Cillian O'Connor insists Mayo have moved on from last year's All-Ireland final heartbreak against Dublin.

Despite scoring nine frees in the replayed decider, O'Connor missed a late one deep in injury time that would have levelled the game.

While the Ballintubber man admits the defeat cut deep, he is adamant that Mayo have moved on ahead of their Connacht SFC championship opener against Sligo on Sunday May 21.

"Thoughts don't go back to it that often," he told RTÉ Sport. 

"We just had to try our best to learn from it. As painful as it was, go through it afterwards and take lessons from it.

"It's not easy at the time. It's extremely disappointing, that goes without saying.

"But you can't be harking back too often or you'll end up being distracted and you won't see the games and the teams that are coming ahead of you.

"It was painful. It was tough. But at this stage, it's over, it's gone.

"You have to park it when the year turns. When 2017 starts it's a new year and a new Championship.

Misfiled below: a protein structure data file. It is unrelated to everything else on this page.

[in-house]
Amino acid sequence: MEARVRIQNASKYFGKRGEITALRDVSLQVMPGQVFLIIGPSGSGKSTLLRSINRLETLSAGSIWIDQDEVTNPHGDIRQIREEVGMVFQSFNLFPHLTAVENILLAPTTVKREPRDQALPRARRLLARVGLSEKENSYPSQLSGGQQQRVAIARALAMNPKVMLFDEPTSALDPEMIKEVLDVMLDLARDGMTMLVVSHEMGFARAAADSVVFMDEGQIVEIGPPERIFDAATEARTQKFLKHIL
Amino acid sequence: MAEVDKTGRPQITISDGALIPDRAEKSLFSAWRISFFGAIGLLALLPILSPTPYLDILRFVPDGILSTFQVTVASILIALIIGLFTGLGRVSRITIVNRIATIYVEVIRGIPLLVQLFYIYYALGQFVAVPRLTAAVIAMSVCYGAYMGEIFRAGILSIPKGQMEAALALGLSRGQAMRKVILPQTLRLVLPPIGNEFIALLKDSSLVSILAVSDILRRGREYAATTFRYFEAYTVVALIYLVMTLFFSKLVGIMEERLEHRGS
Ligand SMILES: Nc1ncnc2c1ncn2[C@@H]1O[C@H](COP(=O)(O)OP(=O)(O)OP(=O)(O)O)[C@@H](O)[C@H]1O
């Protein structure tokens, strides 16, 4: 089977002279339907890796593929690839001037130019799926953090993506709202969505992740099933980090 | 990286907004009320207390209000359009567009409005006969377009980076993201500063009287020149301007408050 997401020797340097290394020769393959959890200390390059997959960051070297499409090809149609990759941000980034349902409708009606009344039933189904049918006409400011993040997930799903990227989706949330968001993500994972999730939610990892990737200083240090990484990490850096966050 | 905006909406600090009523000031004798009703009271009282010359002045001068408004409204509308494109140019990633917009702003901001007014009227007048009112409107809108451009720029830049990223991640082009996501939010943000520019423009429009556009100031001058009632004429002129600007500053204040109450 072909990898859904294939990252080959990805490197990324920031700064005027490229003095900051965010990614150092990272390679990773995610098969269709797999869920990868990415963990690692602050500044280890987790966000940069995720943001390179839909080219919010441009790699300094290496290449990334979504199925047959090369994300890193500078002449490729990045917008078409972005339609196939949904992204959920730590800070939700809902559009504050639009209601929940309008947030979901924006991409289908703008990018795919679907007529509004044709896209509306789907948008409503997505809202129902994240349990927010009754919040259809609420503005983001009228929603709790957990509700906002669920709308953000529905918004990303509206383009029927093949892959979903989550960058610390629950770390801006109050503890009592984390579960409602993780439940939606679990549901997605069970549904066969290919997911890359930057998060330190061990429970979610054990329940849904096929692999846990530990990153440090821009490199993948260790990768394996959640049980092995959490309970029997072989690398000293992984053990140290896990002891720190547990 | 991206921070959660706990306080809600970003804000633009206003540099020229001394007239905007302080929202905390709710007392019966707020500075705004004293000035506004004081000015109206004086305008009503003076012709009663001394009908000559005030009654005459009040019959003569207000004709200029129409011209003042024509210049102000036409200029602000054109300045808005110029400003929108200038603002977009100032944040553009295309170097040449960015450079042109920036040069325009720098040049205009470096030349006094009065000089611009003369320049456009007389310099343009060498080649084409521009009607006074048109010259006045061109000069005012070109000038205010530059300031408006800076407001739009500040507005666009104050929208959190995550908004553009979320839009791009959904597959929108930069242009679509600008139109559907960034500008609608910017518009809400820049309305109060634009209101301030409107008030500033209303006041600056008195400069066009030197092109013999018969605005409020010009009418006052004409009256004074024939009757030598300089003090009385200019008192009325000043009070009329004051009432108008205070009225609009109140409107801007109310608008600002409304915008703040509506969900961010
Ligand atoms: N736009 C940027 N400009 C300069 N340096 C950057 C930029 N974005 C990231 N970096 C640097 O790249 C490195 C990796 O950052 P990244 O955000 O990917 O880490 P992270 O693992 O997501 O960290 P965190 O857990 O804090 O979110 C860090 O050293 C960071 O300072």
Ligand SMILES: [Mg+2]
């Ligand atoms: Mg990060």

"When the weather is like this and Championship is on the horizon, it's exciting and easy to look forward."

Mayo have lost eight All-Ireland finals since their last victory in 1951 and been beaten in three of the last five deciders.

In 2014 and 2015 they also lost to the eventual champions at the semi-final stage.

O'Connor believes the near misses have been a matter of fine margins and challenging opposition rather than any major flaw in Mayo's approach.

"We want to make marginal gains all the time. If we're the same again this year, other teams will be better," he said.

"We were up against a formidable team. It's hard to pinpoint one exact aspect of our game that they (Dublin) were better than us at.

"It took 140/150 minutes to separate the sides so it's not as simple as one magic bullet.

"We all just need to get better individually as players and keep working with the coaches to get better at our game-plan."

Former managers Noel Connelly and Pat Holmes, who were ousted in a player revolt after the 2015 campaign, gave an interview last December where they suggested there were 'egos' in the squad undermining the team and that they would "win nothing" without that problem being addressed.

While O'Connor accepts the pair have the right to air their grievances, he refused to be drawn on the issue.

"Everyone is entitled to their opinion and to do what they feel necessary," he said.

"If we spent this year looking back at last year's final or at 2015 we're going to get caught out and lose focus.

"We know Sligo are gunning for us now. If our focus isn't on that, we risk being beaten.

"I try my best to not think about things I can't affect now.

"All I can affect is my own preparation for Sligo."